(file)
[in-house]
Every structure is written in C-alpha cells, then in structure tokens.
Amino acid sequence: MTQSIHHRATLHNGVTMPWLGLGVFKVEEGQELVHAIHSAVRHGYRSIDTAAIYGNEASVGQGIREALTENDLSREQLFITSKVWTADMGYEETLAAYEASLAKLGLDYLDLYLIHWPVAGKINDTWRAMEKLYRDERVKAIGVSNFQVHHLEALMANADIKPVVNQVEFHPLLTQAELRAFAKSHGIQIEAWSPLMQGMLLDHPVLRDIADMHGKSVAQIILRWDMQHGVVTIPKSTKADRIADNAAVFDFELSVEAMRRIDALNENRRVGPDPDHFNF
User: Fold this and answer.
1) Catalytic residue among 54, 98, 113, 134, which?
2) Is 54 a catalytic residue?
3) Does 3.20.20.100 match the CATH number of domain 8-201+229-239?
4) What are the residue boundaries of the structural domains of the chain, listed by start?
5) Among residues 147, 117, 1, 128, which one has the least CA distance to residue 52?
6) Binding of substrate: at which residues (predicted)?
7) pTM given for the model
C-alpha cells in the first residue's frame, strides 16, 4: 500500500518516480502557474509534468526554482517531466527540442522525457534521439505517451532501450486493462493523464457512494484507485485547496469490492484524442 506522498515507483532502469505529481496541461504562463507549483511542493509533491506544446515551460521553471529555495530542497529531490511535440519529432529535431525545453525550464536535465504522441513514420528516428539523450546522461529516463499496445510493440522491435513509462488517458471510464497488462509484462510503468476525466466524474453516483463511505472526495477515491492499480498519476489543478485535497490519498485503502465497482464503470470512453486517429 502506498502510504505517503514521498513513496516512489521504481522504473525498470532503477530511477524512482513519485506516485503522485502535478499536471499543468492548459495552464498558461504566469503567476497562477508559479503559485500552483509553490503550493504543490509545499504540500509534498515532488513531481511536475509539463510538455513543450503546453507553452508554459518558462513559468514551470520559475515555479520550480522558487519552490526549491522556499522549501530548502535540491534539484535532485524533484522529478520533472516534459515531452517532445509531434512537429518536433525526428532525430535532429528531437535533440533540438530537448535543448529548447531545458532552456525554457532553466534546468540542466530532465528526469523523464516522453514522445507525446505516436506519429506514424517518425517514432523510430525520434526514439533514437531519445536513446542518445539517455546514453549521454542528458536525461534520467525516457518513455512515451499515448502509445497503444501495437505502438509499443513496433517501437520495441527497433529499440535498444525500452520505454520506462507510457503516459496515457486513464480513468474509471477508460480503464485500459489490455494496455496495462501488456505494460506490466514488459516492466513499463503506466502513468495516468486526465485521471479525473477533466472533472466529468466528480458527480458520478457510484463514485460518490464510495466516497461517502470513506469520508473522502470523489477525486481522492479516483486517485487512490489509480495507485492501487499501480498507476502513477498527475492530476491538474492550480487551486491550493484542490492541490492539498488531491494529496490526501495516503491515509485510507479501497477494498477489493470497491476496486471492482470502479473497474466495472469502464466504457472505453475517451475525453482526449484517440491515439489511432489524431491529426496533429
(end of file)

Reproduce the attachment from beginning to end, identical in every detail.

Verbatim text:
[in-house]
Every structure is written in C-alpha cells, then in structure tokens.
Amino acid sequence: MTQSIHHRATLHNGVTMPWLGLGVFKVEEGQELVHAIHSAVRHGYRSIDTAAIYGNEASVGQGIREALTENDLSREQLFITSKVWTADMGYEETLAAYEASLAKLGLDYLDLYLIHWPVAGKINDTWRAMEKLYRDERVKAIGVSNFQVHHLEALMANADIKPVVNQVEFHPLLTQAELRAFAKSHGIQIEAWSPLMQGMLLDHPVLRDIADMHGKSVAQIILRWDMQHGVVTIPKSTKADRIADNAAVFDFELSVEAMRRIDALNENRRVGPDPDHFNF
User: Fold this and answer.
1) Catalytic residue among 54, 98, 113, 134, which?
2) Is 54 a catalytic residue?
3) Does 3.20.20.100 match the CATH number of domain 8-201+229-239?
4) What are the residue boundaries of the structural domains of the chain, listed by start?
5) Among residues 147, 117, 1, 128, which one has the least CA distance to residue 52?
6) Binding of substrate: at which residues (predicted)?
7) pTM given for the model
C-alpha cells in the first residue's frame, strides 16, 4: 500500500518516480502557474509534468526554482517531466527540442522525457534521439505517451532501450486493462493523464457512494484507485485547496469490492484524442 506522498515507483532502469505529481496541461504562463507549483511542493509533491506544446515551460521553471529555495530542497529531490511535440519529432529535431525545453525550464536535465504522441513514420528516428539523450546522461529516463499496445510493440522491435513509462488517458471510464497488462509484462510503468476525466466524474453516483463511505472526495477515491492499480498519476489543478485535497490519498485503502465497482464503470470512453486517429 502506498502510504505517503514521498513513496516512489521504481522504473525498470532503477530511477524512482513519485506516485503522485502535478499536471499543468492548459495552464498558461504566469503567476497562477508559479503559485500552483509553490503550493504543490509545499504540500509534498515532488513531481511536475509539463510538455513543450503546453507553452508554459518558462513559468514551470520559475515555479520550480522558487519552490526549491522556499522549501530548502535540491534539484535532485524533484522529478520533472516534459515531452517532445509531434512537429518536433525526428532525430535532429528531437535533440533540438530537448535543448529548447531545458532552456525554457532553466534546468540542466530532465528526469523523464516522453514522445507525446505516436506519429506514424517518425517514432523510430525520434526514439533514437531519445536513446542518445539517455546514453549521454542528458536525461534520467525516457518513455512515451499515448502509445497503444501495437505502438509499443513496433517501437520495441527497433529499440535498444525500452520505454520506462507510457503516459496515457486513464480513468474509471477508460480503464485500459489490455494496455496495462501488456505494460506490466514488459516492466513499463503506466502513468495516468486526465485521471479525473477533466472533472466529468466528480458527480458520478457510484463514485460518490464510495466516497461517502470513506469520508473522502470523489477525486481522492479516483486517485487512490489509480495507485492501487499501480498507476502513477498527475492530476491538474492550480487551486491550493484542490492541490492539498488531491494529496490526501495516503491515509485510507479501497477494498477489493470497491476496486471492482470502479473497474466495472469502464466504457472505453475517451475525453482526449484517440491515439489511432489524431491529426496533429